January 6 Committee Considering Whether Trump Violated Obstruction of Congress Law

The House committee investigating January 6 is considering whether former President Donald Trump obstructed Congress, Politico reports.

Rep. Liz Cheney, the Republican vice-chair of the panel, twice this week raised the prospect of whether Trump’s conduct during the deadly Capitol riot could qualify as obstruction of Congress’ certification of President Joe Biden’s victory.

“Did Donald Trump, through action or inaction, corruptly seek to obstruct or impede Congress’ official proceeding to count electoral votes?” Cheney asked. “Mark Meadows' testimony is necessary to inform our legislative judgments.”

Cheney made the statement ahead of a House vote to hold Meadows, Trump’s former chief of staff, in contempt of Congress for refusing to comply with its subpoena.

Obstruction requires prosecutors to show that a defendant affected an “official proceeding” and acted with “corrupt” intent. Several Capitol rioters have been charged with obstructing an official proceeding, which carries up to 20 years in prison.

“Broadest interpretation”:

Cheney’s suggestion that “inaction” could violate the obstruction statute is “among the broadest interpretations” of the law, Politico notes. A judge would have to look at whether Trump’s actions may have been technically “lawful” even if they were done with “corrupt” intent.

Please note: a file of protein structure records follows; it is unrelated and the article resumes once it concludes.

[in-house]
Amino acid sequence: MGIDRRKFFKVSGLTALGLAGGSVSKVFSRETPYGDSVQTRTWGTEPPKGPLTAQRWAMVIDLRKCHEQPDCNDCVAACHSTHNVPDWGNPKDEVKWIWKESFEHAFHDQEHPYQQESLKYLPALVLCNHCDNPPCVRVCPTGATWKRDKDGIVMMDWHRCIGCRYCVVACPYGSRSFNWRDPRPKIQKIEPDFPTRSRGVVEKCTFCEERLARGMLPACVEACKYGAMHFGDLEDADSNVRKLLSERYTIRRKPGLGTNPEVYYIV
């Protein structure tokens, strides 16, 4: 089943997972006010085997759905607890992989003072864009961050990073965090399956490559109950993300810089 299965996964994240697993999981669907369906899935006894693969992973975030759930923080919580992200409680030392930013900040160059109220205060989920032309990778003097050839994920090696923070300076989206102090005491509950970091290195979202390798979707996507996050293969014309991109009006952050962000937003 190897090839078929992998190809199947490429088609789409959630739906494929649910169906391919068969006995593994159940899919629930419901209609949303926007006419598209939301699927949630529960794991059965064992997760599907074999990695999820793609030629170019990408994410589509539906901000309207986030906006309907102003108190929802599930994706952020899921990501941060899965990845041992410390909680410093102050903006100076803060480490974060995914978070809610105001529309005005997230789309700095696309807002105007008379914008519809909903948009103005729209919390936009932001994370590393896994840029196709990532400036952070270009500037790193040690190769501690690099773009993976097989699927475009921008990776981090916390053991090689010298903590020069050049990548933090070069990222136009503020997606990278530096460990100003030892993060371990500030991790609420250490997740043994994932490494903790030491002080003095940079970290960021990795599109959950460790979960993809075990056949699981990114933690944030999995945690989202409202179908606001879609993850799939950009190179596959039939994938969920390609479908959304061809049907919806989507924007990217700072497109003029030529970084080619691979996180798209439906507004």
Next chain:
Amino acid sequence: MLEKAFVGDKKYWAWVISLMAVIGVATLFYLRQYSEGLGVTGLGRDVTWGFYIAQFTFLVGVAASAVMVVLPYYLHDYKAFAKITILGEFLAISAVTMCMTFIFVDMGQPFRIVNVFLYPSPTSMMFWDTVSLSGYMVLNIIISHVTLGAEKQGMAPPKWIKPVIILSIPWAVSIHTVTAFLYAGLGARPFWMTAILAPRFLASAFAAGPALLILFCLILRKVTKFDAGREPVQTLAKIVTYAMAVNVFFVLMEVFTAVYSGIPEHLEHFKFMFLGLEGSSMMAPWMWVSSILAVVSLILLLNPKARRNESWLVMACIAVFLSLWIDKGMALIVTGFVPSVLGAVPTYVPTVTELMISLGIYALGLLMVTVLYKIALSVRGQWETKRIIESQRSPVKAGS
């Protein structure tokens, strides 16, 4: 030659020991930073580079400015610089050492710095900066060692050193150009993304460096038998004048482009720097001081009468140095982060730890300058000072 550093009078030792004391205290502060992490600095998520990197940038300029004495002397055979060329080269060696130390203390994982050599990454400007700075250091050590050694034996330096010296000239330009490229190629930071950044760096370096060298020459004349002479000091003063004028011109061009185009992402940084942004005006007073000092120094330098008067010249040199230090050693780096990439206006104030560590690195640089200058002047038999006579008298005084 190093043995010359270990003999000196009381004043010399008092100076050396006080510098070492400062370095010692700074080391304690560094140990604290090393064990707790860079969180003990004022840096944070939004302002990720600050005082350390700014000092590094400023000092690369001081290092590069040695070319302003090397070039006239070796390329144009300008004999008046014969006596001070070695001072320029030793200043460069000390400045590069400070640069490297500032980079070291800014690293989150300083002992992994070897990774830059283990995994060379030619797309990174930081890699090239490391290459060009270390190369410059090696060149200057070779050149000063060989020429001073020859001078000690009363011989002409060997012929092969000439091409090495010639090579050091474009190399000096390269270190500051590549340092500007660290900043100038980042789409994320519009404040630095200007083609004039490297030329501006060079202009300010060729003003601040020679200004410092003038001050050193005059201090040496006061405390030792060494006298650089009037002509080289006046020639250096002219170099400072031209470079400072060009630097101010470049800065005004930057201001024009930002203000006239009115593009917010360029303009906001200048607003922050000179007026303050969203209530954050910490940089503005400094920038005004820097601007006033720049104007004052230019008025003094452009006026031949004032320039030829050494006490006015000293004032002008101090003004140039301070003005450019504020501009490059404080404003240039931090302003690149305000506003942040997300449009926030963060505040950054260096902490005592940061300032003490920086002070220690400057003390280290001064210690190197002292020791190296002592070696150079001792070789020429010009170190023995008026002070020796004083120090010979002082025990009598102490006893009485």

It’s unclear if the Justice Department is looking at any aspects of Trump’s actions on January 6.

“I think that we're trying to understand those 187 minutes that he didn't say anything — what that means. And we're trying to put some more light on that. I personally am not drawing any conclusions on where that takes us,” said committee member Pete Aguilar.

Ex-campaign manager subpoenaed:

Former Trump campaign manager Brad Parscale told The Daily Beast on Thursday that he is the latest Trump aide subpoenaed by the committee.

“All of this makes me think they want me to turn on him,” he said.

Parscale was fired before the 2020 election but he told Fox News in December that the campaign planned to stoke unfounded fears of “rampant voter fraud.”

“In April of 2019, I sat down with my team, and I said, let’s come up with the biggest Election Day operation ever, because voter fraud is going to be rampant,” he said at the time, adding that “if it’s not going to be rampant, everyone’s going to think it’s rampant. Or they’re going to game it.”


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